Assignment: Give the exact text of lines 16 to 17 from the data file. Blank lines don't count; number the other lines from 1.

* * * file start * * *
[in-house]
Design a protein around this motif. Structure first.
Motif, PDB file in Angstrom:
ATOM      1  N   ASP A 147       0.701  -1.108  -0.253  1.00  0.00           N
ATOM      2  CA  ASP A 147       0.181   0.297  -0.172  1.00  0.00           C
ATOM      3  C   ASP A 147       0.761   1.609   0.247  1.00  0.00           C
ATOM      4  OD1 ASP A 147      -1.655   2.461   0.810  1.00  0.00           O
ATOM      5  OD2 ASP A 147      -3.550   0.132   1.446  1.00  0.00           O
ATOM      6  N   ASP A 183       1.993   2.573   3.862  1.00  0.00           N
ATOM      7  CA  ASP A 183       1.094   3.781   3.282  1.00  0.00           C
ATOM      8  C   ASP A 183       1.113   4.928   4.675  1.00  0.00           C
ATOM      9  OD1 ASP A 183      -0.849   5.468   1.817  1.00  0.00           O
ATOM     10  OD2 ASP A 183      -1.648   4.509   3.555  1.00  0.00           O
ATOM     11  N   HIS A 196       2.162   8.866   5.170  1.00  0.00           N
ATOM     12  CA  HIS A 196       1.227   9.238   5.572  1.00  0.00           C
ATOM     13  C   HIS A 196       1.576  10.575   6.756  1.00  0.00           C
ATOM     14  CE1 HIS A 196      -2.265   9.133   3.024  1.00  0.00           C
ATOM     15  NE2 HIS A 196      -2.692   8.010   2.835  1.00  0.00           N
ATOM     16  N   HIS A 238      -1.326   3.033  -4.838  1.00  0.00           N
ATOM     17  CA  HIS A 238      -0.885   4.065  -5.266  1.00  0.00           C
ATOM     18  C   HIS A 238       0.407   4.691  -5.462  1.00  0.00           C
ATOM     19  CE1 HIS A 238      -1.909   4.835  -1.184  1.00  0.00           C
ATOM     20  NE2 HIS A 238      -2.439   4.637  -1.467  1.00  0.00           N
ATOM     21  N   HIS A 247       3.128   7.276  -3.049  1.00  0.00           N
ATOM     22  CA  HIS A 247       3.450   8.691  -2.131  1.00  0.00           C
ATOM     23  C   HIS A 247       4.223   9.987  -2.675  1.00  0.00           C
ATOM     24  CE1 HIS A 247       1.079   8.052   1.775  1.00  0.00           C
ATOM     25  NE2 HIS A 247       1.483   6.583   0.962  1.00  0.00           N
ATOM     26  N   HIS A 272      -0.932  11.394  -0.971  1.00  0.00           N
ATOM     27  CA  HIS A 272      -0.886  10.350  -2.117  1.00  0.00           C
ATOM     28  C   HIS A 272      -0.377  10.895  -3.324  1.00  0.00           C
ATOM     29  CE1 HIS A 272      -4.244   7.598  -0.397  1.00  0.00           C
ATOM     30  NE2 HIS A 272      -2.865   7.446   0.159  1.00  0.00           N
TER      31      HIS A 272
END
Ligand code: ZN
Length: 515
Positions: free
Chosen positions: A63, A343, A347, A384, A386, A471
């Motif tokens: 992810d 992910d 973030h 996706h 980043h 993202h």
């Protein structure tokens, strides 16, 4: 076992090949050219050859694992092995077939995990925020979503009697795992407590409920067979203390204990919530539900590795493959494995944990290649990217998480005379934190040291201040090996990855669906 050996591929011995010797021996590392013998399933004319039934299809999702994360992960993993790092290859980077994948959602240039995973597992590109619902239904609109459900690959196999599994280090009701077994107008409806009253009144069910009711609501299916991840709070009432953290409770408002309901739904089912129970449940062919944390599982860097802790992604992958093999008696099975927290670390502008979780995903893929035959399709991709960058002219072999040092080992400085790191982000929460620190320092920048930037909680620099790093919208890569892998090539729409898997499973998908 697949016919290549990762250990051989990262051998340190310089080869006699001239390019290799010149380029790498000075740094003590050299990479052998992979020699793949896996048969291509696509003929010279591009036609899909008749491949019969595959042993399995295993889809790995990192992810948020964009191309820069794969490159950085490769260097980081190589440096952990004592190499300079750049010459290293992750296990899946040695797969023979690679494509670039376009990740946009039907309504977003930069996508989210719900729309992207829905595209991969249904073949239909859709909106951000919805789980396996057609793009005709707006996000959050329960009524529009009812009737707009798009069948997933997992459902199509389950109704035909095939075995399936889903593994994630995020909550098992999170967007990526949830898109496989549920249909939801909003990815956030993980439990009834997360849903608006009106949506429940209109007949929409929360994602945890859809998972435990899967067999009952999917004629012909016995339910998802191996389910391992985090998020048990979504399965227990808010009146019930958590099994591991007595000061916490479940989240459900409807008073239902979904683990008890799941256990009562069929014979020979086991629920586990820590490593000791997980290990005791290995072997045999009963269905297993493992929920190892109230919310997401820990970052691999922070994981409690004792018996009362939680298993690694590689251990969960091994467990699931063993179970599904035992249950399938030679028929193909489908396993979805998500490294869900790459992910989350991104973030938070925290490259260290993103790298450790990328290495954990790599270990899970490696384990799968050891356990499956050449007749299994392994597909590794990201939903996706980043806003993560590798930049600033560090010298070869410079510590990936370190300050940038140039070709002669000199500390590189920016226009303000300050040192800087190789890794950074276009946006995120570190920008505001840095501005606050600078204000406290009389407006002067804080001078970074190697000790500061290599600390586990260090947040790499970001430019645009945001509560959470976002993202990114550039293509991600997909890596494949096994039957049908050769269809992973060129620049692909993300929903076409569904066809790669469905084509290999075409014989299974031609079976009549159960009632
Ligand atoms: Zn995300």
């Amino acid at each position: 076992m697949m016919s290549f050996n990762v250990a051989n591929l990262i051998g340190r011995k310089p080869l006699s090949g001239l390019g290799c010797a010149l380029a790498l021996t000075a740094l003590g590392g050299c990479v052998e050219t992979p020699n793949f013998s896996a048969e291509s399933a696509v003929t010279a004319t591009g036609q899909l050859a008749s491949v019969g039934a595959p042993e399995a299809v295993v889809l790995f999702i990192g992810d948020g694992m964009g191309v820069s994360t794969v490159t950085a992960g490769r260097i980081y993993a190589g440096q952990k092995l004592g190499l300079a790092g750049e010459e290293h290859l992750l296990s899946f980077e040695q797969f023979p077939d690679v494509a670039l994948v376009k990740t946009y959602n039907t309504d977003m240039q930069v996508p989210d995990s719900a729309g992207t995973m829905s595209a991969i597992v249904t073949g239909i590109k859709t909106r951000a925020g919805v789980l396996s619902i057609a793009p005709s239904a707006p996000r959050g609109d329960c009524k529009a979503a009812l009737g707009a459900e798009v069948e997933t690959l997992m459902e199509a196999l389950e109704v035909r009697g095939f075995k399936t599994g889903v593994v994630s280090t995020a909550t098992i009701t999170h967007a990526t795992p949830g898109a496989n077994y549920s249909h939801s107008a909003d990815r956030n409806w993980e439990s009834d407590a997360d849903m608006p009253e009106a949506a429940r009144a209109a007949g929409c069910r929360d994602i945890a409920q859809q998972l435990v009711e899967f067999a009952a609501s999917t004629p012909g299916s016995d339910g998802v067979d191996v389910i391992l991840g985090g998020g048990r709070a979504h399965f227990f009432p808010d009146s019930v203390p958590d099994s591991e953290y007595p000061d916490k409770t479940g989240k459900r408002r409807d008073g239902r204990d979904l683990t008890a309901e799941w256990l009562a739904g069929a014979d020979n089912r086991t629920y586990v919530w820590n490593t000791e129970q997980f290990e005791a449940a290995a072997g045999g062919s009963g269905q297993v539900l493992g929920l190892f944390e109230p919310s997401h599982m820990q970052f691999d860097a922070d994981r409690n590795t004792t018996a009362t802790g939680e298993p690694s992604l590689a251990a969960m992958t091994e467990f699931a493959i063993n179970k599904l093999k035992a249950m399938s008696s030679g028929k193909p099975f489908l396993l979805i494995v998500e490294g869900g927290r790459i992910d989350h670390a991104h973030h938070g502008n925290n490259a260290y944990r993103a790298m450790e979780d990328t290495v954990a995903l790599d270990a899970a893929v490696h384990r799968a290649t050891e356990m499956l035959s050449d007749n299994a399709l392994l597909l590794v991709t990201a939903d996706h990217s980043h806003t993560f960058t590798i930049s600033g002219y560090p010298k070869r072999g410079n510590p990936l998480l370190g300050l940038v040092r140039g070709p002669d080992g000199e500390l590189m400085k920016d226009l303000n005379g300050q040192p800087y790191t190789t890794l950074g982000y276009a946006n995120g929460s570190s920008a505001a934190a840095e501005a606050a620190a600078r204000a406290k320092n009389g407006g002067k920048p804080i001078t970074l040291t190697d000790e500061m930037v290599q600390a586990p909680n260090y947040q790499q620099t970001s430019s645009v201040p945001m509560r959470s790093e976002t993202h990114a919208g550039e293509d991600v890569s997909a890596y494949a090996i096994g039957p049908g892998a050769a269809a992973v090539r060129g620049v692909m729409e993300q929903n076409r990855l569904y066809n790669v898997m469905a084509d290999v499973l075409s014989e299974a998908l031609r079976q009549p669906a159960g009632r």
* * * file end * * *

ATOM     13  C   HIS A 196       1.576  10.575   6.756  1.00  0.00           C
ATOM     14  CE1 HIS A 196      -2.265   9.133   3.024  1.00  0.00           C